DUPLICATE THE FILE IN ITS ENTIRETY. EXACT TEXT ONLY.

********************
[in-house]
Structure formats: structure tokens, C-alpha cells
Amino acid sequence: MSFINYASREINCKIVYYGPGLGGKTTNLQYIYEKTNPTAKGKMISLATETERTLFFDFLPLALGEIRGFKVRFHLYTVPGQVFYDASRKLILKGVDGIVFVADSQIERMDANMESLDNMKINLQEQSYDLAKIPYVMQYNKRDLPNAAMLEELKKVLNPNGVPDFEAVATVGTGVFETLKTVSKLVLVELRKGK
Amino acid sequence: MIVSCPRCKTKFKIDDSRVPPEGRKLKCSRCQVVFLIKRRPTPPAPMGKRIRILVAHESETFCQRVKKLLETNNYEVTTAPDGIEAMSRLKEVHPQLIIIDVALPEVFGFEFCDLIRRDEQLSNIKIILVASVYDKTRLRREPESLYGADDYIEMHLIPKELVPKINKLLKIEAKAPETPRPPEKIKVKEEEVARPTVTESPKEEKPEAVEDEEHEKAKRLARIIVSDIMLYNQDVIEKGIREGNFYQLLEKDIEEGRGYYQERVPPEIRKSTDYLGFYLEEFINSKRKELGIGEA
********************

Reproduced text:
[in-house]
Structure formats: structure tokens, C-alpha cells
Amino acid sequence: MSFINYASREINCKIVYYGPGLGGKTTNLQYIYEKTNPTAKGKMISLATETERTLFFDFLPLALGEIRGFKVRFHLYTVPGQVFYDASRKLILKGVDGIVFVADSQIERMDANMESLDNMKINLQEQSYDLAKIPYVMQYNKRDLPNAAMLEELKKVLNPNGVPDFEAVATVGTGVFETLKTVSKLVLVELRKGK
Amino acid sequence: MIVSCPRCKTKFKIDDSRVPPEGRKLKCSRCQVVFLIKRRPTPPAPMGKRIRILVAHESETFCQRVKKLLETNNYEVTTAPDGIEAMSRLKEVHPQLIIIDVALPEVFGFEFCDLIRRDEQLSNIKIILVASVYDKTRLRREPESLYGADDYIEMHLIPKELVPKINKLLKIEAKAPETPRPPEKIKVKEEEVARPTVTESPKEEKPEAVEDEEHEKAKRLARIIVSDIMLYNQDVIEKGIREGNFYQLLEKDIEEGRGYYQERVPPEIRKSTDYLGFYLEEFINSKRKELGIGEA